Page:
Introducing a new bi-weekly series, a kind of Berkshire Poetry Protection Program that would offer cultural affirmation, a necessary degree of solace and uplift, and overall, a wealth of joy and pleasure in troubled times.
At this point, obsessed with grayness as I am and as are so many of the people I know, I’ll stick to the weather, daily life, my neighborhood, Mutzl (my dog) and Hermes (my cat) bad politics and delicious food.
as if time could run backwards at their beckoning; as if winter could recede from my fingers and the white gate swing wide, with the fall riot returning to the bracketing treelimbs, thence to turn verdant and alive, the schoolyard now summer-empty.
The following year, Bryant was 22 years old. He was living in Great Barrington, working for the town, and practicing law. He would remain in Great Barrington from 1816 to 1825—out of place and out of sorts.
The main stage at the Gather-In will feature folksingers Kim and Reggie Harris, a performance of Jacob’s Pillow’s Pittsfield Moves! community engagement initiative, the Soul Steps dance troupe from New Jersey, Youth Alive and Funk Box Studio dancers, and more.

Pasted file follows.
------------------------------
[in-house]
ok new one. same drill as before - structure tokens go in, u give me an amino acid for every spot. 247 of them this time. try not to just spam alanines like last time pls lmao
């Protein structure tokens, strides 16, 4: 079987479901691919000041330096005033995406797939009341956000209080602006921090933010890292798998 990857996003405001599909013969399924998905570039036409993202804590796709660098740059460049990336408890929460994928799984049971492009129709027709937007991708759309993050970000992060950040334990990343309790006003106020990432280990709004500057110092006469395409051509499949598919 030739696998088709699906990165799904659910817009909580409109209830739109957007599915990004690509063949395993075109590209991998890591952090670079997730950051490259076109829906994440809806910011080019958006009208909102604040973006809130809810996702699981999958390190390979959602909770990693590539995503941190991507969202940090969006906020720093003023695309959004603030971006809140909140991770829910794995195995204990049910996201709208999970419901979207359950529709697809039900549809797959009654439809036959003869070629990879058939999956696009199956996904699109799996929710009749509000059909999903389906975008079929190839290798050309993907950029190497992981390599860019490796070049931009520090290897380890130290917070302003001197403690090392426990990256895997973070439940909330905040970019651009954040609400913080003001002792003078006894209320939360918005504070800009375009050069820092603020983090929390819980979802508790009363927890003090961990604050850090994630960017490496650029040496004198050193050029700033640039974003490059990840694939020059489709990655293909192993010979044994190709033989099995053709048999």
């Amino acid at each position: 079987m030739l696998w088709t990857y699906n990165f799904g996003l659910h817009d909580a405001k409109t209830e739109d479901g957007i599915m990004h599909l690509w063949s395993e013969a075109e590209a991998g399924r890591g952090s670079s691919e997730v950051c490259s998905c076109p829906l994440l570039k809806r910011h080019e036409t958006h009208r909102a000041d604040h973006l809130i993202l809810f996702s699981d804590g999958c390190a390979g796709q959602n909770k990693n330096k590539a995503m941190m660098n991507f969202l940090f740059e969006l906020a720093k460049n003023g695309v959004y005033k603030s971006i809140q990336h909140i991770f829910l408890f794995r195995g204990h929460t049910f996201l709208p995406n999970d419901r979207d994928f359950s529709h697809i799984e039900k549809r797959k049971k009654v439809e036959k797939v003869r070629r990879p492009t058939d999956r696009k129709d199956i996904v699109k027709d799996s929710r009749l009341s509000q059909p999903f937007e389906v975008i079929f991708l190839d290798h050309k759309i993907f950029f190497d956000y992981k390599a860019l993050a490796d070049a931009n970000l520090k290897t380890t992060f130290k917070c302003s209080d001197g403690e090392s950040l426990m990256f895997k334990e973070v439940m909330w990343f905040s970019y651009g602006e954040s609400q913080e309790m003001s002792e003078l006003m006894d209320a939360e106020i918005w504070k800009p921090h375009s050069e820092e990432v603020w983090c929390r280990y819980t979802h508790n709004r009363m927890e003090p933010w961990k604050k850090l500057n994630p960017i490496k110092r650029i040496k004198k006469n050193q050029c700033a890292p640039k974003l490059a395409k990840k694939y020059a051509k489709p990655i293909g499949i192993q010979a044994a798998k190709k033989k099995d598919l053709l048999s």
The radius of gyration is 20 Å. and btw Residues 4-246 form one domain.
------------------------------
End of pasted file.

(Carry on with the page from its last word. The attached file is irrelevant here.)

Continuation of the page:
Coupled with the wildly unconventional dialogue that ensues between her poems’ speaker and the composite character of Baby—as the pair navigate drug stores, strip clubs, arcade games and garden patches—the reader is both drawn in and captivated by each encounter.
These poems don’t demand pity; their tone is strong like the women ultimately are. She is reading her poems this Tuesday, May 22, at the Lee Library, along with the renowned poet Charles Rafferty. The reading is at 5:30 p.m.
The chapbook is a brilliant work of art in its way of revealing how seemingly fleeting events in our lives can have enormous impact on memory, leaving lasting impressions in spite of or because of the careless actions of others.
In his letter to the editor, William Yehle writes: “WordXWord encourages poets to accept a greater role in the cultural landscape, to provoke and bear witness, to use their voice to advocate for social justice, to act as agents of change.”
Live Poets Society and the Berkshire Edge will be hosting a literary salon Friday, December 8, at Lauren Clark Fine Art on Stockbridge Road. Take the quiz to be eligible for an autographed book of poems by one of our authors.